Second Youth: the Tweenagers are Coming

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Second Youth is the period that falls between about sixty and seventy-five or so, when most people nowadays are still fit and healthy, shedding the responsibilities of younger days, early-retired from boring or strenuous jobs, reverting to the carefree lifestyle – becoming amateur painters, indy writers, expats in warmer climes.  The kids have grown up, the parents are dead or in care, the messy divorce is over; time to sell up from suburbia and take to the road, buy a boat and sail round the world (try not to get captured by Somali pirates), go online dating and find a new romance.  Never mind the Gap Year; take a Gap Decade.  It’s a good time for a career change, a life change, a change of heart.  It’s time to wear purple, before you get old, time to let your hair down and blow away the cobwebs and LIVE.

Social norms are no longer rigid and with increased life expectancy age-conformity has disappeared.  The boundaries between generations disintegrated in the latter part of the twentieth century – once, you were middle-aged at thirty-five, old at sixty, but all that has gone.  Even Hollywood has succumbed to change: in the so-called Golden Age, perhaps only Dietrich and Bette Davis broke the rule that at forty a star was way over the hill.  Now, both actors and actresses may find their careers peaking at sixty-plus, with Helen Mirren in comic-strip-killer mode, Jeff Bridges in remakes and retreads, Meryl Streep in everything, while Harrison Ford and Big Arnie return as slightly creaky action heroes.   Schwarzenegger’s behaviour is typical of Second Youth: he’s had it with the politics and the serious stuff – let’s get back to having fun.

Formerly, you ‘dressed your age’: a woman in a leopard-print mini would be stuck with the mutton/lamb label.  Nowadays, who cares?  You dress the way you want for who you are, and if, when you’re older, you have a few more flaws to conceal, you also tend to worry about them a lot less.  A teenager agonises over every spot, every ounce too much or too little; a tweenager (between middle age and old) just doesn’t bother about a post-menopause tum or the fact that what was once a six-pack now resembles a pick-and-mix-sack.  And the older face, stamped by decades of expression, tells you a lot more about the person behind it.  The young may be good-looking, but only older people are really attractive, with the genuine attraction that comes from friendliness and kindliness and a lifetime of smiles.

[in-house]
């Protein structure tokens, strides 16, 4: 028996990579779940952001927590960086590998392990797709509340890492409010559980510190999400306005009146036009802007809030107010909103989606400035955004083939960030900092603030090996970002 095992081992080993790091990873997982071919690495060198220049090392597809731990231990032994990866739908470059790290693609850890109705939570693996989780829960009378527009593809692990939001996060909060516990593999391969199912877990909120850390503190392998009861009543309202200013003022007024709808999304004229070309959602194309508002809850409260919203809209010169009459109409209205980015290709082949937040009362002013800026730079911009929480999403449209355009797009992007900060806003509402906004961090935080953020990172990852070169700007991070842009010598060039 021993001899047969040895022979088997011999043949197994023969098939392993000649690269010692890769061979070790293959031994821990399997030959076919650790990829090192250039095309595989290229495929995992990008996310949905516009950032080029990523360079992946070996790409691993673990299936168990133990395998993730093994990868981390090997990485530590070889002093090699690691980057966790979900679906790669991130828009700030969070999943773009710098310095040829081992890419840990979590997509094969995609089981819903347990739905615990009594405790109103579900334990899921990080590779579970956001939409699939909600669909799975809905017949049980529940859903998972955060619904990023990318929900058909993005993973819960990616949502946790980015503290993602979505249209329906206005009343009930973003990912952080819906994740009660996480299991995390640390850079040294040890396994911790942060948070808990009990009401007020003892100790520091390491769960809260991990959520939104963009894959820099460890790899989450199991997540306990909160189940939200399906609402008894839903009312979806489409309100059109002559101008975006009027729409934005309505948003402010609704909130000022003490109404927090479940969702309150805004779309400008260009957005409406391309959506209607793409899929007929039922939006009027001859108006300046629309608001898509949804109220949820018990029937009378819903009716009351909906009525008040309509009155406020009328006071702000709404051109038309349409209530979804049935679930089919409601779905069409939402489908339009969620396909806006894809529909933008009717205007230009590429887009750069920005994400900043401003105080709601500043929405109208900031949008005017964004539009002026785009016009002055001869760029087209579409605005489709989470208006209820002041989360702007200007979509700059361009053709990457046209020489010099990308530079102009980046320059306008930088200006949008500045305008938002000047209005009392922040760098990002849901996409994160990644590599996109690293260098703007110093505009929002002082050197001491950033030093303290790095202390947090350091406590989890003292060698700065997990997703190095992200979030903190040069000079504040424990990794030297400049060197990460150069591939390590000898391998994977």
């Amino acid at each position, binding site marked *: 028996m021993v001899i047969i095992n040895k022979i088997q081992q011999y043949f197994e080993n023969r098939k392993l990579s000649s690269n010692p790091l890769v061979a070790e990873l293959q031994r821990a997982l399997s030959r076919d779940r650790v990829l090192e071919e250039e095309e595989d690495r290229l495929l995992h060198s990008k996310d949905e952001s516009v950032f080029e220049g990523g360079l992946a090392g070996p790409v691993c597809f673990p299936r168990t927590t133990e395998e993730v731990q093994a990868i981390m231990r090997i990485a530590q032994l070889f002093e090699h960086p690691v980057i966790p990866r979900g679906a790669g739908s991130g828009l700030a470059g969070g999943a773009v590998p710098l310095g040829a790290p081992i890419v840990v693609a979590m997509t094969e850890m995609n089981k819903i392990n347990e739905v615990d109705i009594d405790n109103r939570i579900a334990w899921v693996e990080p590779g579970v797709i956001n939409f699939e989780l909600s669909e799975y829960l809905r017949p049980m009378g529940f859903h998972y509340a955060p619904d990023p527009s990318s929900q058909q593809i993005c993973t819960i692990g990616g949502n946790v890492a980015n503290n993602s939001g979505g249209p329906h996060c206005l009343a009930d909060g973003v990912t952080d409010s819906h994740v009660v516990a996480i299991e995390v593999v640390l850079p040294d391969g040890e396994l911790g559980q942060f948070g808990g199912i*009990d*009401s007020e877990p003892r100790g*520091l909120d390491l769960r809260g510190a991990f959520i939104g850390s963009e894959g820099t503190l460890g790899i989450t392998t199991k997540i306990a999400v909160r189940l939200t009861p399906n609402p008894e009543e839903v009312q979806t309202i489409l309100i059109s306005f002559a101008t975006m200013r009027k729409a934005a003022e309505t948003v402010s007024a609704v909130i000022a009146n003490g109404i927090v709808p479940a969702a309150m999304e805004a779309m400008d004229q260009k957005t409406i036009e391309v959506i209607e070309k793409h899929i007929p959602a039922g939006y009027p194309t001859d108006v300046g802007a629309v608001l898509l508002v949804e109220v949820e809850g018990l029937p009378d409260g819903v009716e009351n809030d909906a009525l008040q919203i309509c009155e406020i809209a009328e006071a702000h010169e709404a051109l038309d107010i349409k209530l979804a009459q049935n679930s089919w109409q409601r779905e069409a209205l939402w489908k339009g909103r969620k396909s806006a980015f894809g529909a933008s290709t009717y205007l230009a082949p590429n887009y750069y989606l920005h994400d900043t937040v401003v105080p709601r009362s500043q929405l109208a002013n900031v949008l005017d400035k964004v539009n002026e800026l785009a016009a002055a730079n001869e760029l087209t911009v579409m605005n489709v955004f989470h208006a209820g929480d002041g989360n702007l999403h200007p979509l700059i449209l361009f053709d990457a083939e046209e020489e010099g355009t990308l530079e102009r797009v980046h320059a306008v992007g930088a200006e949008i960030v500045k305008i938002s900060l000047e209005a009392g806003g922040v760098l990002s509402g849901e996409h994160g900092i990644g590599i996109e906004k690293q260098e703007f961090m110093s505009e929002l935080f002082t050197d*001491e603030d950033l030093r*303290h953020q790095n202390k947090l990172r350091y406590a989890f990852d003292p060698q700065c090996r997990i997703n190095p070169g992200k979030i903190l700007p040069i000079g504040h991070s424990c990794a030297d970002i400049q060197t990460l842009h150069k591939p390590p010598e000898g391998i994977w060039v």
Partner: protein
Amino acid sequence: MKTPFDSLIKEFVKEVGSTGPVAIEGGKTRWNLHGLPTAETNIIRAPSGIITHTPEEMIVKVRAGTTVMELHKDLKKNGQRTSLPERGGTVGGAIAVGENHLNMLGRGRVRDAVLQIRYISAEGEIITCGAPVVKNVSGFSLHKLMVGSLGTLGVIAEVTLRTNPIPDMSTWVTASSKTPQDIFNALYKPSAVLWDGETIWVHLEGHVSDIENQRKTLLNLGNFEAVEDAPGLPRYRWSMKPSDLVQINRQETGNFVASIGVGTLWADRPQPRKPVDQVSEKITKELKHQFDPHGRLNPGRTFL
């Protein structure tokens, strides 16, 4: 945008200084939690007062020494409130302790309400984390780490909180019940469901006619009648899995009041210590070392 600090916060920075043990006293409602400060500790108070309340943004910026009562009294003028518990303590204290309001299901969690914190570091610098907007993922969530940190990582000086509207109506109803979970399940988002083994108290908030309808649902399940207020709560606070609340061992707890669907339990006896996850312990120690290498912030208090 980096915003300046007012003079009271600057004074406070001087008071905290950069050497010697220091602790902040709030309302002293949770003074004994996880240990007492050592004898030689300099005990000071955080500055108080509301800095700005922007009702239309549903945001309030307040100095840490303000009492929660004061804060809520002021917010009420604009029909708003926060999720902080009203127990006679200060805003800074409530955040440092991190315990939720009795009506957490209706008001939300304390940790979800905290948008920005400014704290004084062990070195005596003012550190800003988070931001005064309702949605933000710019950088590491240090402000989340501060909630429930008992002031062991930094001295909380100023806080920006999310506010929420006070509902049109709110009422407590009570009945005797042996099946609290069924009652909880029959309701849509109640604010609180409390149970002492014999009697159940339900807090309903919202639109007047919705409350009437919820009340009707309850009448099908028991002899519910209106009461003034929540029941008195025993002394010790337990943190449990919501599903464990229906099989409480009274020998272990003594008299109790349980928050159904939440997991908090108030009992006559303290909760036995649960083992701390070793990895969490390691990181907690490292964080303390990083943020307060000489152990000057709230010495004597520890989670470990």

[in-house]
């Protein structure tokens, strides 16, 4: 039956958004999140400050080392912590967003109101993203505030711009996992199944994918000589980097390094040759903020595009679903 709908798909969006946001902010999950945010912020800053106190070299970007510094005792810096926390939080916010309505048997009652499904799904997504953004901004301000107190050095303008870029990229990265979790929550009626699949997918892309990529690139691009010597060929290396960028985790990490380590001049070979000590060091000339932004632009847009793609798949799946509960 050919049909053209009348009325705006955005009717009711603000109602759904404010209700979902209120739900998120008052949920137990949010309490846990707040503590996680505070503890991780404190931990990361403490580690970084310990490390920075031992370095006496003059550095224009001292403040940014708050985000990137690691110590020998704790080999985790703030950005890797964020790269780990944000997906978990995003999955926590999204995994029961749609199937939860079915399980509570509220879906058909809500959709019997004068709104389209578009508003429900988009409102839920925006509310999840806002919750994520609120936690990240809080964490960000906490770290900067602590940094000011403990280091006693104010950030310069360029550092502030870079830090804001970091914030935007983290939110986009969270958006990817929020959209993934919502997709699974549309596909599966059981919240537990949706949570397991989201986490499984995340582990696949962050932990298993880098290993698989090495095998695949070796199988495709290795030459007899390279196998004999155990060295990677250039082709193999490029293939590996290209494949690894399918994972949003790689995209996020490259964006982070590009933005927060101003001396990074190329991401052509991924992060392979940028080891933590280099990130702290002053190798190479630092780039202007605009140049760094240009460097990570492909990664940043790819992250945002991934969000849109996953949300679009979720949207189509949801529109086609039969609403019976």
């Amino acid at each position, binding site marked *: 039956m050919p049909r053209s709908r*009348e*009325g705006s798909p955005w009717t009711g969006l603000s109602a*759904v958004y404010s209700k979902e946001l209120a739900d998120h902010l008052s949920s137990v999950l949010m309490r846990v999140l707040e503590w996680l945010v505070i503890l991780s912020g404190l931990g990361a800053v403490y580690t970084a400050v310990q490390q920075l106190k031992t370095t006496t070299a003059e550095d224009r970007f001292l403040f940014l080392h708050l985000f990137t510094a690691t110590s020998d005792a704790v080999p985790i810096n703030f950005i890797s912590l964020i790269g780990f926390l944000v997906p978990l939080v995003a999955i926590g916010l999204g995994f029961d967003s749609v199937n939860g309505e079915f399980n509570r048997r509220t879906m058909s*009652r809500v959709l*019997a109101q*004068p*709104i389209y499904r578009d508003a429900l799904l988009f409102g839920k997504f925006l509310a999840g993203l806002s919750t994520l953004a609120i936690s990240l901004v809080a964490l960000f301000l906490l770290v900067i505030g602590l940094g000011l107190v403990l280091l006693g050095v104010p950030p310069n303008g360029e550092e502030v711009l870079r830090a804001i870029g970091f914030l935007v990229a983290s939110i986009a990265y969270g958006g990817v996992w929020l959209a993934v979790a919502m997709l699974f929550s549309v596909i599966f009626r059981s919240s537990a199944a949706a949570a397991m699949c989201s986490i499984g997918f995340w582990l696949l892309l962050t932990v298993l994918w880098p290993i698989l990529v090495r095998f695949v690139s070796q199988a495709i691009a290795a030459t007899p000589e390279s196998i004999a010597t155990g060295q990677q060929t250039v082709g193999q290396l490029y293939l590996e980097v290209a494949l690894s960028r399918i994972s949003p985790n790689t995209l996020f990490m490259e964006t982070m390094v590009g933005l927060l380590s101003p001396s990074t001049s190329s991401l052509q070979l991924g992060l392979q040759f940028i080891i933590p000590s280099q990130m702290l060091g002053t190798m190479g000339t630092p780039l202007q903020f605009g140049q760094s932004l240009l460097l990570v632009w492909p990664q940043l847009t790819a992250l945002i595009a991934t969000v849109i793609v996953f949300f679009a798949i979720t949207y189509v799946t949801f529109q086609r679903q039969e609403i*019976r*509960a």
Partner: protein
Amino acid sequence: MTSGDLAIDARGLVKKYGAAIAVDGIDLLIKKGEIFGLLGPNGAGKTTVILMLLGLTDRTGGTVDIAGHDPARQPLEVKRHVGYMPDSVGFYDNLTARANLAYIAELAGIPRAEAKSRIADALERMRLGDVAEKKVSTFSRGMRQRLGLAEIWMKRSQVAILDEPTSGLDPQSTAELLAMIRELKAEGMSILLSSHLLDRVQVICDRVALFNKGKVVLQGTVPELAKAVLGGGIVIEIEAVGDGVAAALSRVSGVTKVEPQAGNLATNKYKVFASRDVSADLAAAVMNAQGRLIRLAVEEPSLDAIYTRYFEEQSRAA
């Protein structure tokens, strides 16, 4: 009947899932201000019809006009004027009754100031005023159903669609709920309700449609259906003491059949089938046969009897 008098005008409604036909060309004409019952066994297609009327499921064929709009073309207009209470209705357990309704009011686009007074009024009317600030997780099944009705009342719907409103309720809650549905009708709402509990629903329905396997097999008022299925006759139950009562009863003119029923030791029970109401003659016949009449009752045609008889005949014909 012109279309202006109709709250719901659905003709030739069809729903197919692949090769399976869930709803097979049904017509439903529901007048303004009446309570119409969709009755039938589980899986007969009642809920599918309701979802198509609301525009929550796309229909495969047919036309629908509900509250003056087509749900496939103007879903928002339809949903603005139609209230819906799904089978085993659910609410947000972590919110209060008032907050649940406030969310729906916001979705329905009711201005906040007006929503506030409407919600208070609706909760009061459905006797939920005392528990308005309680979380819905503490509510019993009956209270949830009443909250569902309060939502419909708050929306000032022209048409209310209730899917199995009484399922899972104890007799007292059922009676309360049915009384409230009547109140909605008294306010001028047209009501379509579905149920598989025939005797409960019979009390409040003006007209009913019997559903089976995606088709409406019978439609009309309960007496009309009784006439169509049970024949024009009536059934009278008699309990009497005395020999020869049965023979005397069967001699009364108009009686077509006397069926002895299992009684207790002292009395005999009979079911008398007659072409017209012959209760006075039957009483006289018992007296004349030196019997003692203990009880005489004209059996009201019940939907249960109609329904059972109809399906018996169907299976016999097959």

On Twitter, in features and blogs, I see the agonies of people reaching thirty and forty, the ticking of biological clocks, the weight-watching date-watching help-is-this-my-fate-watching of people born into a world where the only boundaries are the ones you create yourself.  ‘Let go of your fear’, as Yoda would say – and he was over nine hundred.  The sun is shining, the rain is raining, the air is there to be breathed.  Life is for living, love is for giving, don’t save for your own funeral because you (probably) won’t be there.  The tweenagers are coming.  So watch out, because these are the guys who REALLY know how to party.  They’ve had a lot of time to practise.